While Cisco is doing well, investors feared that its steady operations could lead to a slow-motion descent into obsolescence in an industry that can be brutal to anyone who falls a half-step behind. One example was Microsoft which saw a decline, which began about the same time as Cisco's, was largely the result of a progression of disappointing products. That began to change in 2014, when new Chief Executive Officer Satya Nadella started selling tons of copies of popular software such as Excel and Word as subscription services rather than one-time purchase products and built a formidable cloud computing division.
Chuck Robbins has held his job as Cisco's CEO just one year less than Nadella. In recent months, he's begun to insist that his company has finally reached its inflection point. Cisco acknowledged years ago that it had failed to capitalise on the chance to build the initial infrastructure for cloud computing, says Robbins, and responded with a significant, if slow-developing, overhaul of its strategy.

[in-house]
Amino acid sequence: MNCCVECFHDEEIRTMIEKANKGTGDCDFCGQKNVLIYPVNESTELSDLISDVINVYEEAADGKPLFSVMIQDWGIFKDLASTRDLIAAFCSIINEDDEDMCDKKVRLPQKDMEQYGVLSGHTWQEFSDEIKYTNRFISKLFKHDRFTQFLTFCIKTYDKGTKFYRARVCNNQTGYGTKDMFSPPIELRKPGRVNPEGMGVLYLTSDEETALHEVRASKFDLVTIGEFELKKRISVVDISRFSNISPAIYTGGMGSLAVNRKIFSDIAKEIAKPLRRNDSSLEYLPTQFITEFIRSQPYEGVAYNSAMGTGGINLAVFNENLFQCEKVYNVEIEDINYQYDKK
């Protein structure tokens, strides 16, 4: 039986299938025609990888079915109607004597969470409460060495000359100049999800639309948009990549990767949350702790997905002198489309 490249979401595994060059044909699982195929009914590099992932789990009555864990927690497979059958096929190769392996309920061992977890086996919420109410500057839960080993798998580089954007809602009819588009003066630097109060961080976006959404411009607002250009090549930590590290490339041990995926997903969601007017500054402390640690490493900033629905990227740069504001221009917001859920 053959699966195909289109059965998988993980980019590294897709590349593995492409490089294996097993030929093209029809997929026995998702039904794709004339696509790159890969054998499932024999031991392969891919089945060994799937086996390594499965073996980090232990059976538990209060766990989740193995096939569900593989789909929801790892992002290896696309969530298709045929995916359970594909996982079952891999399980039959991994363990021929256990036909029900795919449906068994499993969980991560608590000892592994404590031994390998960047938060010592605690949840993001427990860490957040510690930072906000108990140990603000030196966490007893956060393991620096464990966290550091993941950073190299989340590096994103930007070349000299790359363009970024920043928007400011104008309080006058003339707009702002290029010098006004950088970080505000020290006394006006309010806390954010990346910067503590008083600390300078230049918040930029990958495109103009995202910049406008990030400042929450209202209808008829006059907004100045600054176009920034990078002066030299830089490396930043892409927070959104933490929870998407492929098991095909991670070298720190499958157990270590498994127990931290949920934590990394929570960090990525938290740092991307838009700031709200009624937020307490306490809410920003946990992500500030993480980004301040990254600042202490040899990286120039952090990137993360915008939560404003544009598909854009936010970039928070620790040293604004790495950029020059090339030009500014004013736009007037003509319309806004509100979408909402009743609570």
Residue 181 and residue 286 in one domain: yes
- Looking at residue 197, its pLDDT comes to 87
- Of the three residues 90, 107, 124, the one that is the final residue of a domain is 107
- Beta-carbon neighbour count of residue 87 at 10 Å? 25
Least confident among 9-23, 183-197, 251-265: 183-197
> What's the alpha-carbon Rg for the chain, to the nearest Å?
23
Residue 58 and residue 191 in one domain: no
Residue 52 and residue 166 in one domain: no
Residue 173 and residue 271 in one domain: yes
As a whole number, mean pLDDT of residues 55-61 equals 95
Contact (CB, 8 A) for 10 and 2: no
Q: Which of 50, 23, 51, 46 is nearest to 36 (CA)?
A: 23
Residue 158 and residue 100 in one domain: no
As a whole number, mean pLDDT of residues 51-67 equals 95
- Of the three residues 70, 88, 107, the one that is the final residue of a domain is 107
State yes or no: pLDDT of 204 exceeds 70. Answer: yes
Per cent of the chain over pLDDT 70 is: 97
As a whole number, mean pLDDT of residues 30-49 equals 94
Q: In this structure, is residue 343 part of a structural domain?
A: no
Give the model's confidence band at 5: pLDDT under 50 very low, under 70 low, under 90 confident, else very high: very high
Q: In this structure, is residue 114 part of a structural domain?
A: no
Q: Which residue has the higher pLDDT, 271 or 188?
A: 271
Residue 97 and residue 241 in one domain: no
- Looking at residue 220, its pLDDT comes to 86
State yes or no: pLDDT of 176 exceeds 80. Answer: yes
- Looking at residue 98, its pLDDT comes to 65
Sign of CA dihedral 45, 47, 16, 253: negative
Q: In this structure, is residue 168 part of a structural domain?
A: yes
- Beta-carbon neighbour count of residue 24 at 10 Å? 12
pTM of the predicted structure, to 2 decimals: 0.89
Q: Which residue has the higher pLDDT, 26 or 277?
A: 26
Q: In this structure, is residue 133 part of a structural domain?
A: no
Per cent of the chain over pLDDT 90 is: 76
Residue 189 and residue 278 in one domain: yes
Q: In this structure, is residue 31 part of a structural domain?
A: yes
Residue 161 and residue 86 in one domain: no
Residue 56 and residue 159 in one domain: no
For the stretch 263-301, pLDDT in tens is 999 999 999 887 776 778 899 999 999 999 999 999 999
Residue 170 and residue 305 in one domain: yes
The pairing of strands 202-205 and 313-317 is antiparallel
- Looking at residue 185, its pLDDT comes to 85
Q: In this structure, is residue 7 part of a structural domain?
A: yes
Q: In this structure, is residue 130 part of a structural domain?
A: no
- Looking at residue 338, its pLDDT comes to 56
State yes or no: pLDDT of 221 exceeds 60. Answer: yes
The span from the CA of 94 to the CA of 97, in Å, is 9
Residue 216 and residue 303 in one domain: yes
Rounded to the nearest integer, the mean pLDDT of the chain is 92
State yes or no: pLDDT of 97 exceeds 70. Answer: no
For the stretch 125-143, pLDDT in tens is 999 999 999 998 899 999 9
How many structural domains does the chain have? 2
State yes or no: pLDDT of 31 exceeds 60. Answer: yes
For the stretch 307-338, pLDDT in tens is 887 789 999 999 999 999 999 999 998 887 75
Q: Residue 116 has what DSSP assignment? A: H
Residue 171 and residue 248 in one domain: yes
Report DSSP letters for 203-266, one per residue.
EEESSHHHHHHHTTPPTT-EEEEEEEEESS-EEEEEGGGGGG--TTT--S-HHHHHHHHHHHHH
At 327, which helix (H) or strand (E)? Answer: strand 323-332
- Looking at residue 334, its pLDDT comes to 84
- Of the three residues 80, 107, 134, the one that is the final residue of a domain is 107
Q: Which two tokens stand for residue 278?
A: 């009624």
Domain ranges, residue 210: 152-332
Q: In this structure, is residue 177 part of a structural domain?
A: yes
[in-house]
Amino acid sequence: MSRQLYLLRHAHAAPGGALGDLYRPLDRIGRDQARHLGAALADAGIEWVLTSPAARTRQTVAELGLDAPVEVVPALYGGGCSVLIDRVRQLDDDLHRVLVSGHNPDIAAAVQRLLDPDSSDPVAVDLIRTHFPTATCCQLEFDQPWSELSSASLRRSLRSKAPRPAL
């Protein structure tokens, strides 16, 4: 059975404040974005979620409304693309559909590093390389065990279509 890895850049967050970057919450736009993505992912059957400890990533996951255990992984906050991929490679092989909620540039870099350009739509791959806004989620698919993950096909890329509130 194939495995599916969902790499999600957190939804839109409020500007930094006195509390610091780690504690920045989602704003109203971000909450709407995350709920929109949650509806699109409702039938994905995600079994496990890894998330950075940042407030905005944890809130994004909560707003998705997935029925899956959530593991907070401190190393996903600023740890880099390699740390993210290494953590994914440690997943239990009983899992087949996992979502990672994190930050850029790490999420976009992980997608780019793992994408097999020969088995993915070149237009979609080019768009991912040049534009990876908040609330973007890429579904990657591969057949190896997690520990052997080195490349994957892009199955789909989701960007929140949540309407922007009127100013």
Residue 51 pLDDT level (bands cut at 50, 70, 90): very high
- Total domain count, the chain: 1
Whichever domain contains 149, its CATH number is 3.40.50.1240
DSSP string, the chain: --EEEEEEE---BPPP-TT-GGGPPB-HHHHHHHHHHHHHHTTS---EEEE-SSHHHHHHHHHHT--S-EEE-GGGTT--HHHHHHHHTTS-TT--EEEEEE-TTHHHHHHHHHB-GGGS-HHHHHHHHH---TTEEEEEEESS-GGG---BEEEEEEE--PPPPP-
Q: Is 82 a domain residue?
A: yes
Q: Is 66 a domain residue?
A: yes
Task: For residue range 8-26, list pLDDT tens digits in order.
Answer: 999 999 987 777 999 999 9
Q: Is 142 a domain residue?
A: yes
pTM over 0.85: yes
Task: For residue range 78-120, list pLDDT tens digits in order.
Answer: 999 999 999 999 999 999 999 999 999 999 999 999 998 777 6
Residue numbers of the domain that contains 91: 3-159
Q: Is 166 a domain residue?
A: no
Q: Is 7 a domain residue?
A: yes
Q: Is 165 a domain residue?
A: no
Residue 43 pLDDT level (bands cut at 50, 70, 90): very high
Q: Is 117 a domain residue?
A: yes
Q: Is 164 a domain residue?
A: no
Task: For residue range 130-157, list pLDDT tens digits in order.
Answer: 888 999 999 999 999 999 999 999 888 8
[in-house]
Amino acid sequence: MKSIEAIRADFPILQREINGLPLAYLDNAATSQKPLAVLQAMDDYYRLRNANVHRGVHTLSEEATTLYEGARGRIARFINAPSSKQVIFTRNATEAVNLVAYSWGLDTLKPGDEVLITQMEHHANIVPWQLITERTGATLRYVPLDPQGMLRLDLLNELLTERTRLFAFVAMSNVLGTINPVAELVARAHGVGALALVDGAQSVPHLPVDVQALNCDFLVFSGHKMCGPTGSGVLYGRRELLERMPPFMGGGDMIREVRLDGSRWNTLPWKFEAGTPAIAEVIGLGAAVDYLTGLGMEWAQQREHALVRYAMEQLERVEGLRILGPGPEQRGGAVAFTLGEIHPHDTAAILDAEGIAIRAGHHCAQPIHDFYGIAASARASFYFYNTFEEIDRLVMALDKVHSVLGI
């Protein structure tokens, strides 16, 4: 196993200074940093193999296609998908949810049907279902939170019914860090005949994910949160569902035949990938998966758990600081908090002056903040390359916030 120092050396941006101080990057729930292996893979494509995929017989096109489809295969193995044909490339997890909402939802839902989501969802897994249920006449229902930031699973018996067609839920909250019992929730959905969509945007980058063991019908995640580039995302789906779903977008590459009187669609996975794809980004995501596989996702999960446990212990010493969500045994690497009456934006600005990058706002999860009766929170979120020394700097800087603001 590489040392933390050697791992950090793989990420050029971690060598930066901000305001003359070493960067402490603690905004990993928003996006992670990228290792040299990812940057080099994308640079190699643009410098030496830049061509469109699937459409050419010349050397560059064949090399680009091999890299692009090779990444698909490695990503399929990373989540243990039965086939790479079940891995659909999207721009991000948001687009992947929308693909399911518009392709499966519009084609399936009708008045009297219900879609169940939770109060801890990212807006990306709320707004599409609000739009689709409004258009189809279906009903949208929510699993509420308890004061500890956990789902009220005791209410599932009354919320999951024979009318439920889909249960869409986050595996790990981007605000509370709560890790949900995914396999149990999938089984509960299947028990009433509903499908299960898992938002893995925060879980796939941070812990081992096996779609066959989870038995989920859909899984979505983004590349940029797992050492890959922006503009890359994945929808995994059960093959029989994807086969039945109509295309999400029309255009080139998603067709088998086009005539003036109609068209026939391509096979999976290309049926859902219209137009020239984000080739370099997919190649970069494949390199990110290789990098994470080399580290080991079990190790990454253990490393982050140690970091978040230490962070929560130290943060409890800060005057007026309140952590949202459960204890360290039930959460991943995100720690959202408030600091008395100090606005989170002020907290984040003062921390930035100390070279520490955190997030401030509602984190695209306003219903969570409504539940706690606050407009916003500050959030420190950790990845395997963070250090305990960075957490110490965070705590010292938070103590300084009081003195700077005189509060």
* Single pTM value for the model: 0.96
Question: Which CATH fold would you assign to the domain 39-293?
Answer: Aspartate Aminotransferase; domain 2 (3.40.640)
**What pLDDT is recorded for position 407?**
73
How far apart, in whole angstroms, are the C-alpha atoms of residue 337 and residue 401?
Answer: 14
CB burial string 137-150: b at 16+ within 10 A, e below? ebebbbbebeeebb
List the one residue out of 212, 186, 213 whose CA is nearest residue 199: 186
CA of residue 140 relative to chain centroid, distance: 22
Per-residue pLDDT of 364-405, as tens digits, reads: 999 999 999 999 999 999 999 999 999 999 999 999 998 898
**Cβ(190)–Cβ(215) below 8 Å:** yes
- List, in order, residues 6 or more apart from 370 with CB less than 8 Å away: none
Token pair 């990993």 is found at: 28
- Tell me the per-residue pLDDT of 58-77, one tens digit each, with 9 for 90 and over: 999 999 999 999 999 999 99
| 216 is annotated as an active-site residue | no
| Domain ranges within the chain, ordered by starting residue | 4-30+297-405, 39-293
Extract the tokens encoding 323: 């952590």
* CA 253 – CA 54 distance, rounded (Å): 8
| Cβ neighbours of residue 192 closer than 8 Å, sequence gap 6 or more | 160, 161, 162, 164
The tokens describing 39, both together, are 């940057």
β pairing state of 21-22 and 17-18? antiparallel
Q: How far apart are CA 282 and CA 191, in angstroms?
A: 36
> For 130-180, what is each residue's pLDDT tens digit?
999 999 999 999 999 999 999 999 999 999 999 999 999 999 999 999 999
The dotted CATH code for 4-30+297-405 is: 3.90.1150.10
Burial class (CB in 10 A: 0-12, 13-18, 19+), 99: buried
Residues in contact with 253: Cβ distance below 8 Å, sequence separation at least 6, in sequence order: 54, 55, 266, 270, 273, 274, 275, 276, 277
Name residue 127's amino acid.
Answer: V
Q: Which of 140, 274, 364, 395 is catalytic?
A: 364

"We were going to build technology for the next transition. We did that. Now we're seeing the benefit."
He said that Cisco's initial problem was partially a lack of flexibility. When Amazon, Google, and Microsoft began building cloud computing data centres, they wanted components, software, and machines that were tailored to their needs.
Cisco insisted on selling the same expensive, uncustomisable equipment that was always the core of its business. The burgeoning cloud companies were extremely happy to take their business elsewhere.
Robbins can point to significant changes during his six-year tenure. Cisco has made a string of acquisitions that have turned it into one of the top 10 software companies in the world by revenue. Software and services have surpassed hardware and now make up more than half of Cisco's revenue. Its expected future revenue for outstanding fees from these products totals $30 billion.